I’ve always loved the story of Pinocchio. But since becoming a father, it has taken on a much different meaning. These days it resonates with me on a much deeper level than before. Earlier this year, Richard Zemeckis revisited “Pinocchio” through his well-made (and fashionably throttled) live-action remake of Disney’s 1940 animated classic. But leave it to filmmaking visionary Guillermo del Toro to truly energize this beloved story by shaking it up visually, narratively, and in some cases thematically. What we get is something truly special.
“Guillermo del Toro’s Pinocchio” is brimming with heart and features its creator’s signature on nearly every frame. Del Toro, along with his co-director Mark Gustafson and his co-writer Patrick McHale, retell the 1883 Carlo Collodi fairytale with unshakable passion. Nothing about their film feels rehashed or half-hearted. In fact, it has a fresh energy all its own while still maintaining the emotional weight that made Collodi’s tale so impactful. It’s an incredible achievement from its exquisite stop-motion animation to its thoroughly affecting storytelling.
The story is set in 1930’s Italy where fascism was widespread, even reaching the small hillside hometown of a woodcarver name Geppetto (voiced by David Bradley). In a moving flashback we see the love Geppetto had for his beloved son Carlo. But when a passing warplane mistakenly dropped a bomb on their quiet little village, young Carlo was killed. Geppetto was devastated. As years passed, the world moved on but Geppetto did not. Overwhelmed with sorrow, he sank deeper into despair and the bottle.
During a particular difficult day and in a fit of mournful anger, a drunken Geppetto haphazardly builds a wooden boy out of pine. Being a product of his creator’s grief, the boy looks nothing like the cute, polished, toy-like creation from the Disney films. He has lanky, out of proportion limbs. His gnarly head is highlighted by a sharp spiked nose. He’s held together by jagged nails which protrude from his body. It’s an abrasive sight but a fitting representation of Geppetto’s frame of mind.
You probably know where the story goes next. While Geppetto sleeps it off, a glowing benevolent Wood Sprite (Tilda Swinton) appears. She brings the wooden boy to life and names him Pinocchio (who’s wonderfully voiced by the earnest and lively Gregory Mann). The newly animated lad turns out to be a ball of endless curiosity and rambunctious energy which rattles a stunned, confounded Geppetto.
Pinocchio also catches the attention and sparks the concerns of the once amiable townsfolk who are now quick to criticize and judge their neighbor and his peculiar and very much alive wooden handiwork. Among them is the hypocritical (and slyly funny) local priest (Burn Gorman) and the town magistrate Podestà (Ron Perlman), a Mussolini fascist preparing to ship his son Candlewick (Finn Wolfhard) and other area kids off to military youth camp.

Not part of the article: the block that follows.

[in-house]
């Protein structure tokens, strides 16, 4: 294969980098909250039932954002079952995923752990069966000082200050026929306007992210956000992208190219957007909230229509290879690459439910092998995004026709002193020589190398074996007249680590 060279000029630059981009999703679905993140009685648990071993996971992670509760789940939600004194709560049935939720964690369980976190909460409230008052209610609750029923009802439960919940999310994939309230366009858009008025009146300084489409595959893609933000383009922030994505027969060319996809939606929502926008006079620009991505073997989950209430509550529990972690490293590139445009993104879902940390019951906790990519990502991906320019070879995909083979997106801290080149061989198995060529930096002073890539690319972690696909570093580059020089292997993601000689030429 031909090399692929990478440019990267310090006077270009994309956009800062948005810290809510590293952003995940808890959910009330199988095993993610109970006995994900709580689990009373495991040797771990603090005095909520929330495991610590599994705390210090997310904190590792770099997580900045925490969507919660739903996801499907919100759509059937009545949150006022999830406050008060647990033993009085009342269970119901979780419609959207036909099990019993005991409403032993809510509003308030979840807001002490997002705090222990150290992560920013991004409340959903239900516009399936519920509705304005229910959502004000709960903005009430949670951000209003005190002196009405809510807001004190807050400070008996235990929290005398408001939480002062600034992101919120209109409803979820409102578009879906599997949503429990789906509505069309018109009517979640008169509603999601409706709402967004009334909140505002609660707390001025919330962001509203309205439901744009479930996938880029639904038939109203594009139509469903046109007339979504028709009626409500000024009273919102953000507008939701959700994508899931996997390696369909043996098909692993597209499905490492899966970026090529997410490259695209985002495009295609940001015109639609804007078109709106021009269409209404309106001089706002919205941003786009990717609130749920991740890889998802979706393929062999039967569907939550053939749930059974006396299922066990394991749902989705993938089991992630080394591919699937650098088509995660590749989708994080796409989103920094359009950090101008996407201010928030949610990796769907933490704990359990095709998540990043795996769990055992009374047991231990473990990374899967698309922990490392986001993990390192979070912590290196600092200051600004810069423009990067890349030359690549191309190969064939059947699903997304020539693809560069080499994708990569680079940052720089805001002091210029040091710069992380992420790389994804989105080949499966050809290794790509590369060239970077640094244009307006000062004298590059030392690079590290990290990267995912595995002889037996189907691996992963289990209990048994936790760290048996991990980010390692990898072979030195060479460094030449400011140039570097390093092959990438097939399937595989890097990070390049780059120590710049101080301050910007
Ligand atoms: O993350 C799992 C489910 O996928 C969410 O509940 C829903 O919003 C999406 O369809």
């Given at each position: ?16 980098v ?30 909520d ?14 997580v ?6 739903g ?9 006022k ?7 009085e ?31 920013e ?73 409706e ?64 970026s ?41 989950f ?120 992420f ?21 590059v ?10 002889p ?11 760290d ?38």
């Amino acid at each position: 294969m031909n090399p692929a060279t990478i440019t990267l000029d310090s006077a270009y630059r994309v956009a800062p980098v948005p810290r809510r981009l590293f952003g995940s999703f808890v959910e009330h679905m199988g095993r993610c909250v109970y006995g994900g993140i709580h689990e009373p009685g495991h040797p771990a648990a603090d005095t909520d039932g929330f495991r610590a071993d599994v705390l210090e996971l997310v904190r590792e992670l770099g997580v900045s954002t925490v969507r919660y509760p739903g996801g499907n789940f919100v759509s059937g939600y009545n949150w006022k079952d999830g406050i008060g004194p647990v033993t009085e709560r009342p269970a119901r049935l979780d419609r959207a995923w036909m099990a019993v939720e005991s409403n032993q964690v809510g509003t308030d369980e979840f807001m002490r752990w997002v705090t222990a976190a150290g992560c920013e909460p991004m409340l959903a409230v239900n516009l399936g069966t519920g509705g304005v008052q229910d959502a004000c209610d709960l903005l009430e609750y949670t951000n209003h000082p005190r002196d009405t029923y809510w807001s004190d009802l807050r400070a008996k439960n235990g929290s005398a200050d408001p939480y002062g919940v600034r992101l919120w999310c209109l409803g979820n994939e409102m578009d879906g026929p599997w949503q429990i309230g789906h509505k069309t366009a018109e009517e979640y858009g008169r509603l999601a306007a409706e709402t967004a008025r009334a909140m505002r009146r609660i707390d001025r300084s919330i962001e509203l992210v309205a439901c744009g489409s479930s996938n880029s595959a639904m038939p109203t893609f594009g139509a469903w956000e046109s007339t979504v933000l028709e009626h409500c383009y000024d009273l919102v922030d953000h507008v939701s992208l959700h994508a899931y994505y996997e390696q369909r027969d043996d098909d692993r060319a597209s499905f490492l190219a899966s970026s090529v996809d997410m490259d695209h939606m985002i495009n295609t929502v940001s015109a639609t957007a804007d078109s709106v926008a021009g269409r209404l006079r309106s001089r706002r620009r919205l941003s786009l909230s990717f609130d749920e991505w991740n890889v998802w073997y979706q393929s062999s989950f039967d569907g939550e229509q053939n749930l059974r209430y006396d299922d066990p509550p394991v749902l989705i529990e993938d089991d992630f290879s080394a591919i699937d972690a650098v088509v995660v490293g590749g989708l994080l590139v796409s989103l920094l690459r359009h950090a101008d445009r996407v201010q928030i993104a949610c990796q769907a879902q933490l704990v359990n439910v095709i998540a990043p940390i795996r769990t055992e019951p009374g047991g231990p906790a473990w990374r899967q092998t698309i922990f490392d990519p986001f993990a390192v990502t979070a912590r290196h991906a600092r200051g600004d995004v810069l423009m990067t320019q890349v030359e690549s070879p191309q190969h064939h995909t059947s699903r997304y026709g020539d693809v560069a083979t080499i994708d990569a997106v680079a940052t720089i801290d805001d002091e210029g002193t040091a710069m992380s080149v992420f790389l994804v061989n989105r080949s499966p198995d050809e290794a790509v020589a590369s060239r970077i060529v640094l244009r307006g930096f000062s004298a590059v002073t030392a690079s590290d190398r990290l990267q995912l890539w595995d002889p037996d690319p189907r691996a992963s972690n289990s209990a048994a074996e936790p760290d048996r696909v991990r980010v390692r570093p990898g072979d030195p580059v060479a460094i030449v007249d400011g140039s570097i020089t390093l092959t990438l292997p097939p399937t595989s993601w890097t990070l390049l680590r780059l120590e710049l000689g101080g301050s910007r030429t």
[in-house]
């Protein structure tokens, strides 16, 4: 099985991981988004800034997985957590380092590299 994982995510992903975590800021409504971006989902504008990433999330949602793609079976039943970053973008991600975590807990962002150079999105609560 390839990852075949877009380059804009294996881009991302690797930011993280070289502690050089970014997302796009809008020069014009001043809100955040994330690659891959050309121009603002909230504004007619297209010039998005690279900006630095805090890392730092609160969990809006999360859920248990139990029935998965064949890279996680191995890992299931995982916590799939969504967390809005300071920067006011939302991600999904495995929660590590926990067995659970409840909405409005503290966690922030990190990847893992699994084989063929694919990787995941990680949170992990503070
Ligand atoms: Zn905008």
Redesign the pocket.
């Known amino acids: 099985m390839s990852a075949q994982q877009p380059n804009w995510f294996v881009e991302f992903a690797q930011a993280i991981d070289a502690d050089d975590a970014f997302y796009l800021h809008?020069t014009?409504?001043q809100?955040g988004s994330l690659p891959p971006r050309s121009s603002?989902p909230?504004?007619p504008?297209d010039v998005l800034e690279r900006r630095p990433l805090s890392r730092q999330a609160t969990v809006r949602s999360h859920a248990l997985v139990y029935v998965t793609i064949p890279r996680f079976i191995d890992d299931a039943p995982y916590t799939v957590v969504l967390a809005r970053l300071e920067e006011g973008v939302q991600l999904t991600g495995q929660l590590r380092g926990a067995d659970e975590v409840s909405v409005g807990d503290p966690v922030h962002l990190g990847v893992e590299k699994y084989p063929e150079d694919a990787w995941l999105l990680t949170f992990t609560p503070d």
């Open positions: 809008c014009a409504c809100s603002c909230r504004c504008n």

Observing it all is Sebastian J. Cricket, voiced with a near regal sophistication and charm by Ewan McGregor. Sebastian took up residence in a hollow tree trunk where he was preparing to write his memoirs. Unfortunately for him, he chose the very tree the drunken Geppetto chopped down to build his wooden boy. Now Sebastian has been tasked by the Wood Sprite with watching over Pinocchio. If he does so, he will be granted one wish – anything his heart desires. Through McGregor, Sebastian makes for a memorable sidekick, and he has a couple of great running gags that earn laughs every time.
Adding another dramatic layer is Count Volpe (a slithery Christoph Waltz), an interesting fusion of the classic characters Mangiafuoco, the Fox, and the Cat. Volpe is a down on his luck and shamelessly unscrupulous puppet-master working for a ramshackle traveling carnival. He too gets wind of the wooden boy without strings and sees him as his golden goose. We’re also treated to the voices of John Turturro, Time Blake Nelson, and Cate Blanchett (sorta) along the way.
Regardless of how familiar things may seem, nothing about the movie feels old hat. Del Toro brings something unique to the table at every turn. He adds his own spins to the story, his own twists to the characters, and his own imagination to the world-building. You can’t miss his deep reverence for the source material, yet he never seems shackled to it or handcuffed by expectations.
Guillermo del Toro has called “Pinocchio” his passion project, and after seeing it you can tell. He has poured his heart and soul into this beautiful vibrant experience, sticking firm to his original stop-motion vision despite the rejections of unwilling studios. It’s enchanting and heartfelt but also darkly funny and with a touch of the macabre. It’s voiced to perfection, immaculately scored by Alexandre Desplat, and animated with painstaking detail and incredible artistry. And it all flows from del Toro, who has turned this age-old tale into something undeniably his own. “Guillermo del Toro’s Pinocchio” hits Netflix December 9th.